Rutter now visits the Anticoagulation Clinic at Mount Nittany Medical Center once every two or three weeks for appointments lasting about one half hour. While he has had many positive visits with instant results and no bloodletting, Rutter says the people are the highlight of his experiences.

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Free diabetes prevention and awareness series

Announcing the return of our popular two-part series held by Fit For Play Physical Therapy & Fitness Center, Mount Nittany Health, and Harrison's Wine Grill & Catering:

  • Part 1: Tuesday, March 12, 4:30 pm - 6:30 pm - Free diabetes screening (non-fasting A1c will be drawn) and snacks; drop in any time between 4:30 pm - 6:30 pm to be screened
  • Part 2: Tuesday, March 19, 5:30 pm - 7:30 pm - Refreshments, results and interpretation of your A1C screening; nutrition and fitness seminars; healthy cooking demo and tasting by Chef Harrison

Fit For Play Physical Therapy & Fitness Center
2160 Sandy Drive, Suite A
State College, PA

This event is FREE and open to the public. Pre-registration requested but not required. For more information, please call 814.861.8122.



American Red Cross extends invitation to all

The combined effects of winter weather and widespread colds and flu have increased the need for blood donations now more than ever. The American Red Cross invites everyone to donate blood at the upcoming blood drive at Mount Nittany Medical Center.

The drive will take place Monday, March 4 from 10:30 am - 4:30 pm in Conference Rooms 1, 2, and 3 on the ground floor of the Medical Center.

To make an appointment, please call 1.800.Red.Cross. You can also visit and click “make a blood donation appointment.”



New Children and Families with Type 1 Diabetes support group

Mount Nittany Health will host a new support group as part of its mission to keep people healthier through health prevention, outreach and education. The new Children and Families with Type 1 Diabetes support group will provide education, information, and support for people who are living with or know someone living with type 1 diabetes. The support group is free and open to all - including family members and friends - who want to meet to share experiences and expertise in managing type 1 diabetes. The support group plans to meet every other month from 6:30 pm -7:30 pm in the Mount Nittany Medical Center main entrance waiting area. For more information contact Hayley Weyhe, RN, at 814.777.4664 or visit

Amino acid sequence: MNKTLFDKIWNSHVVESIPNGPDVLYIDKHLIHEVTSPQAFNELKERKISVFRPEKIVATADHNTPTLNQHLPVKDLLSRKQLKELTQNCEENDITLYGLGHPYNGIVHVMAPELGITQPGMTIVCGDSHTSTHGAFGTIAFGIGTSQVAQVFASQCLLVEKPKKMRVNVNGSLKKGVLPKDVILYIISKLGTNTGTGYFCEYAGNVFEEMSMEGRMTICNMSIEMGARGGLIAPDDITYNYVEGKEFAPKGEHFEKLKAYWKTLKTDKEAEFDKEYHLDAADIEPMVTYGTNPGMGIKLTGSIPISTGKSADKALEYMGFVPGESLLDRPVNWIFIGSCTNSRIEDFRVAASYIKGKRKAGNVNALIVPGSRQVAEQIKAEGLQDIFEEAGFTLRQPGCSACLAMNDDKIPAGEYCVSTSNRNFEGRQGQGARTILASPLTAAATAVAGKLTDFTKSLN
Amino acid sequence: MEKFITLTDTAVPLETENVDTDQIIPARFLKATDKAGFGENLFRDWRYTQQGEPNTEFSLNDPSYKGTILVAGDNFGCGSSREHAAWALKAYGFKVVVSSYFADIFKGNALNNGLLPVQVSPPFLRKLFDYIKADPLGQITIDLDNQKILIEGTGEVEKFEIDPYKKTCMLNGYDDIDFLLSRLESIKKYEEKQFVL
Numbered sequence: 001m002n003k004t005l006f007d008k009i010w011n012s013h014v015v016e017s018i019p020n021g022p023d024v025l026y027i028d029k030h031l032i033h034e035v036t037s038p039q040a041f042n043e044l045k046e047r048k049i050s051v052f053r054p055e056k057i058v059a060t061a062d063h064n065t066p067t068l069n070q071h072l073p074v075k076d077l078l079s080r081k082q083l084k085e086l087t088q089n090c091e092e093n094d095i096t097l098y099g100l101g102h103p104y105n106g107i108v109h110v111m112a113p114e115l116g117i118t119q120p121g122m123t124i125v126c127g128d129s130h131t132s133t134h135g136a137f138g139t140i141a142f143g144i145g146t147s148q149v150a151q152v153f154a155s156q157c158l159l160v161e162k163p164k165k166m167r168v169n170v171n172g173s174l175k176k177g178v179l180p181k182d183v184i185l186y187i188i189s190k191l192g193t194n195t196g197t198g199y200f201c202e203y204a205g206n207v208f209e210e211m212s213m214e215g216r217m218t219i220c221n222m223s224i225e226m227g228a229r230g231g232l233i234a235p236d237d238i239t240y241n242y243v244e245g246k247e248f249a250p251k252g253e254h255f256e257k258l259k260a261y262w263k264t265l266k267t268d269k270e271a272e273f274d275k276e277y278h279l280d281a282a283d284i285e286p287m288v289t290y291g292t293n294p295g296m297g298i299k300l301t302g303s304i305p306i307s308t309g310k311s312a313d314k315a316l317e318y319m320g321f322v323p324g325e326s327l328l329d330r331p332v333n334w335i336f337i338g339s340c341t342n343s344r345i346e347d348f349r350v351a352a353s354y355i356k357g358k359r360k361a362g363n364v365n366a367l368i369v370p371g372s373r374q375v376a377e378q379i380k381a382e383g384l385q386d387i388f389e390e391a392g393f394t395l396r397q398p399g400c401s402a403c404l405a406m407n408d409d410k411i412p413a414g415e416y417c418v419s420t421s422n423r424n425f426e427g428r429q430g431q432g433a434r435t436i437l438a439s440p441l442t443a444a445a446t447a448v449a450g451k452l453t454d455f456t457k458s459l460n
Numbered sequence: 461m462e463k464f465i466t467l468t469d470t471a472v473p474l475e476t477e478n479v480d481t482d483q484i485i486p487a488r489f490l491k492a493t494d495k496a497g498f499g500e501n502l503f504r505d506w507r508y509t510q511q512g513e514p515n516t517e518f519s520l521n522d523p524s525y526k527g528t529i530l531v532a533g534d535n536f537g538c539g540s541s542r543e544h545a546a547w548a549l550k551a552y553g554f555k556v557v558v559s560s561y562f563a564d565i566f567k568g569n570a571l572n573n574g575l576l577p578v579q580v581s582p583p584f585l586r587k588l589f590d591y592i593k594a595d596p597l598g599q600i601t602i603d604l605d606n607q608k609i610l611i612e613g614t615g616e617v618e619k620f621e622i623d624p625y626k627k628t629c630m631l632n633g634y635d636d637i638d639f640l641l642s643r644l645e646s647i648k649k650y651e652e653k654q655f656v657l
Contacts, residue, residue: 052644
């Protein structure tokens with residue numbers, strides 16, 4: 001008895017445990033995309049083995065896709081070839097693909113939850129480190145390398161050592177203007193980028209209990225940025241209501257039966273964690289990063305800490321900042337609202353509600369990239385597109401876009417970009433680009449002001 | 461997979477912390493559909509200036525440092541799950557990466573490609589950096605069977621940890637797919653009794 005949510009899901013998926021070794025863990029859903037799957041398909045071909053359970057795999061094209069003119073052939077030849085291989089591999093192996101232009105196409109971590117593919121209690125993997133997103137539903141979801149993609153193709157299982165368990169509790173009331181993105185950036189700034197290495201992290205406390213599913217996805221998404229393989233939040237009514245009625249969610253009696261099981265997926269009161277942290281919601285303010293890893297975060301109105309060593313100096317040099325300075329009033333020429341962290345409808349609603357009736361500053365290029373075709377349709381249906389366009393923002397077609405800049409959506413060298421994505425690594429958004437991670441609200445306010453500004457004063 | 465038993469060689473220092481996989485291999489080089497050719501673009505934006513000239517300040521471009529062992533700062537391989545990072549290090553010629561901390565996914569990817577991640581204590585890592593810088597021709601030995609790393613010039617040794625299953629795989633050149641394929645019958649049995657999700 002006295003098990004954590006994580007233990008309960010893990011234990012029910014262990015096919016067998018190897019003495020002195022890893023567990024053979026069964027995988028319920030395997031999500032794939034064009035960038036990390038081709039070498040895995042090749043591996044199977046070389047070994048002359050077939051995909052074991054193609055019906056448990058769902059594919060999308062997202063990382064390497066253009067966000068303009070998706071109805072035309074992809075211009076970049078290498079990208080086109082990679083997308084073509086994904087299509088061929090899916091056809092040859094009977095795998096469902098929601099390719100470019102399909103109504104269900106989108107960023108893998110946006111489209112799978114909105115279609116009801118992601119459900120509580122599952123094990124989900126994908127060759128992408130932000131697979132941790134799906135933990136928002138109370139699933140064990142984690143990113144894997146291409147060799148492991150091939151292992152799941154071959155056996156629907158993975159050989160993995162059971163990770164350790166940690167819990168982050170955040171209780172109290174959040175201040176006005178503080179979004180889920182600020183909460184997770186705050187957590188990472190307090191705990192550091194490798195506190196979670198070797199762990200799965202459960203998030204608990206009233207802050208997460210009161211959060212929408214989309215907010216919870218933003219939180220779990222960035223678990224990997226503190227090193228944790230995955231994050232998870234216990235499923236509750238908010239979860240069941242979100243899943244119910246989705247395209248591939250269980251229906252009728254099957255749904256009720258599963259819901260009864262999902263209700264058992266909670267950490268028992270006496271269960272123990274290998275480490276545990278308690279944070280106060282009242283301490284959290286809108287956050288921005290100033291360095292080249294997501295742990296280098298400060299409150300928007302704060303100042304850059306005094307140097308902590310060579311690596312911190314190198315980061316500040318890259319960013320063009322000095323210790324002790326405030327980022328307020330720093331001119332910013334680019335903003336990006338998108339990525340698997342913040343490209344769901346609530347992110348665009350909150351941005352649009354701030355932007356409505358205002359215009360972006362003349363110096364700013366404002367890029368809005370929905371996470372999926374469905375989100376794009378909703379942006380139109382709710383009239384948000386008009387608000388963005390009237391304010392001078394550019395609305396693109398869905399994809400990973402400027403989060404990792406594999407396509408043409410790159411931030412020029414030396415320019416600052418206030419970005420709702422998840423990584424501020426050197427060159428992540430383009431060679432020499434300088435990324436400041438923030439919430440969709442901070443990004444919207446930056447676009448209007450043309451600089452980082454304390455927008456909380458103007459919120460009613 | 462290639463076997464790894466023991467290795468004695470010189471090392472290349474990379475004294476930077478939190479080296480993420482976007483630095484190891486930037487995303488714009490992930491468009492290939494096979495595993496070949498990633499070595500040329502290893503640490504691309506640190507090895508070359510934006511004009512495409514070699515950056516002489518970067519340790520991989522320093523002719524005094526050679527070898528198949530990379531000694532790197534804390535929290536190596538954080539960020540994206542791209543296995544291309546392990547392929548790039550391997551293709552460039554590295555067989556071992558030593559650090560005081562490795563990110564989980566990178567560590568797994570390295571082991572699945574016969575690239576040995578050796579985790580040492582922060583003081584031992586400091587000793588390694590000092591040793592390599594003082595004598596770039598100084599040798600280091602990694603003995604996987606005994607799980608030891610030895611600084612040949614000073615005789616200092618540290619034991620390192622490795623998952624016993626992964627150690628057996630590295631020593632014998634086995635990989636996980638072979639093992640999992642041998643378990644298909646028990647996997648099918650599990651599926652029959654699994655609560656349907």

Dawn Wincek joins Mount Nittany Physician Group’s Internal Medicine practice
Dawn Wincek, CRNP, internal medicine, Mount Nittany Physician Group

Mount Nittany Health is pleased to announce the addition of Dawn Wincek, CRNP, to Mount Nittany Physician Group’s Internal Medicine practice at Green Tech Drive.

Wincek is a graduate of The Pennsylvania State University, where she received her master’s degree in health and human development as a nurse practitioner.

Previously a critical care clinical supervisor at Mount Nittany Medical Center, Wincek will provide primary care services at Mount Nittany Physician Group’s Green Tech Drive location at 2520 Green Tech Drive in State College.

To schedule an appointment, please call 814.278.4898, or visit for more information on the internal medicine services offered by Mount Nittany Physician Group.



Cold temperatures should keep us alert to dangers
Written by Rich A. Kelley, NREMT-P, EMS clinical supervisor, Mount Nittany Medical Center, and Lou Brungard, MBA, vice president, facilities and plant operations, Mount Nittany Medical Center

The deep, freezing temperatures as of late are putting smiles on the faces of avid ice fishermen. However, the temperatures are not enjoyed by all; and for some people with pre-existing medical conditions, they can be dangerous. 

Dress for the weather. Always layer so that you can adapt to environments. During extreme temperature events, remember that exposed skin can be compromised in minutes.